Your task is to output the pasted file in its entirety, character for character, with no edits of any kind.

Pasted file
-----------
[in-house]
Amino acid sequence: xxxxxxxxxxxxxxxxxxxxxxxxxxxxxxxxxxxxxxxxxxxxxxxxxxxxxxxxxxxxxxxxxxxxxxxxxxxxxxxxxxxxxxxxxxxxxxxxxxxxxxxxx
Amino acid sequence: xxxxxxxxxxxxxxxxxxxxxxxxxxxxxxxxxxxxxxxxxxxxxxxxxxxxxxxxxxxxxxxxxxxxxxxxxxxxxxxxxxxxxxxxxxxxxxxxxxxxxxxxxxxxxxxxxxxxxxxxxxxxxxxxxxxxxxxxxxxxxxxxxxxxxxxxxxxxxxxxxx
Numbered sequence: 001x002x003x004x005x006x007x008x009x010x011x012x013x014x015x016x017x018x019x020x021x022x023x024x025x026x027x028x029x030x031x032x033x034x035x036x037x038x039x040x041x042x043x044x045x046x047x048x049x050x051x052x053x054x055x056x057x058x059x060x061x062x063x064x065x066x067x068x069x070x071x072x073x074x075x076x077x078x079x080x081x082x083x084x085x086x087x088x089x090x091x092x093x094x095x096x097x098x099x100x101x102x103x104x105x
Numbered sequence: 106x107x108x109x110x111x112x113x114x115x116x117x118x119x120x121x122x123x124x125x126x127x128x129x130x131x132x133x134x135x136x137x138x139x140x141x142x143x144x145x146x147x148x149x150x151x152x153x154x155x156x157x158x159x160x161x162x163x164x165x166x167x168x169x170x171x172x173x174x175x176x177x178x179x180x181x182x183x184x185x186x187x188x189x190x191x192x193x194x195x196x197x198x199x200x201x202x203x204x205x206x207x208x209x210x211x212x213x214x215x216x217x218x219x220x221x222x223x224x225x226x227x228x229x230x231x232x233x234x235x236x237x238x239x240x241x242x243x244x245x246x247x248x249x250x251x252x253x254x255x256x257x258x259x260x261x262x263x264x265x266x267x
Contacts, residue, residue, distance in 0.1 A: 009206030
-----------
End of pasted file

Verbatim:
[in-house]
Amino acid sequence: xxxxxxxxxxxxxxxxxxxxxxxxxxxxxxxxxxxxxxxxxxxxxxxxxxxxxxxxxxxxxxxxxxxxxxxxxxxxxxxxxxxxxxxxxxxxxxxxxxxxxxxxx
Amino acid sequence: xxxxxxxxxxxxxxxxxxxxxxxxxxxxxxxxxxxxxxxxxxxxxxxxxxxxxxxxxxxxxxxxxxxxxxxxxxxxxxxxxxxxxxxxxxxxxxxxxxxxxxxxxxxxxxxxxxxxxxxxxxxxxxxxxxxxxxxxxxxxxxxxxxxxxxxxxxxxxxxxxx
Numbered sequence: 001x002x003x004x005x006x007x008x009x010x011x012x013x014x015x016x017x018x019x020x021x022x023x024x025x026x027x028x029x030x031x032x033x034x035x036x037x038x039x040x041x042x043x044x045x046x047x048x049x050x051x052x053x054x055x056x057x058x059x060x061x062x063x064x065x066x067x068x069x070x071x072x073x074x075x076x077x078x079x080x081x082x083x084x085x086x087x088x089x090x091x092x093x094x095x096x097x098x099x100x101x102x103x104x105x
Numbered sequence: 106x107x108x109x110x111x112x113x114x115x116x117x118x119x120x121x122x123x124x125x126x127x128x129x130x131x132x133x134x135x136x137x138x139x140x141x142x143x144x145x146x147x148x149x150x151x152x153x154x155x156x157x158x159x160x161x162x163x164x165x166x167x168x169x170x171x172x173x174x175x176x177x178x179x180x181x182x183x184x185x186x187x188x189x190x191x192x193x194x195x196x197x198x199x200x201x202x203x204x205x206x207x208x209x210x211x212x213x214x215x216x217x218x219x220x221x222x223x224x225x226x227x228x229x230x231x232x233x234x235x236x237x238x239x240x241x242x243x244x245x246x247x248x249x250x251x252x253x254x255x256x257x258x259x260x261x262x263x264x265x266x267x
Contacts, residue, residue, distance in 0.1 A: 009206030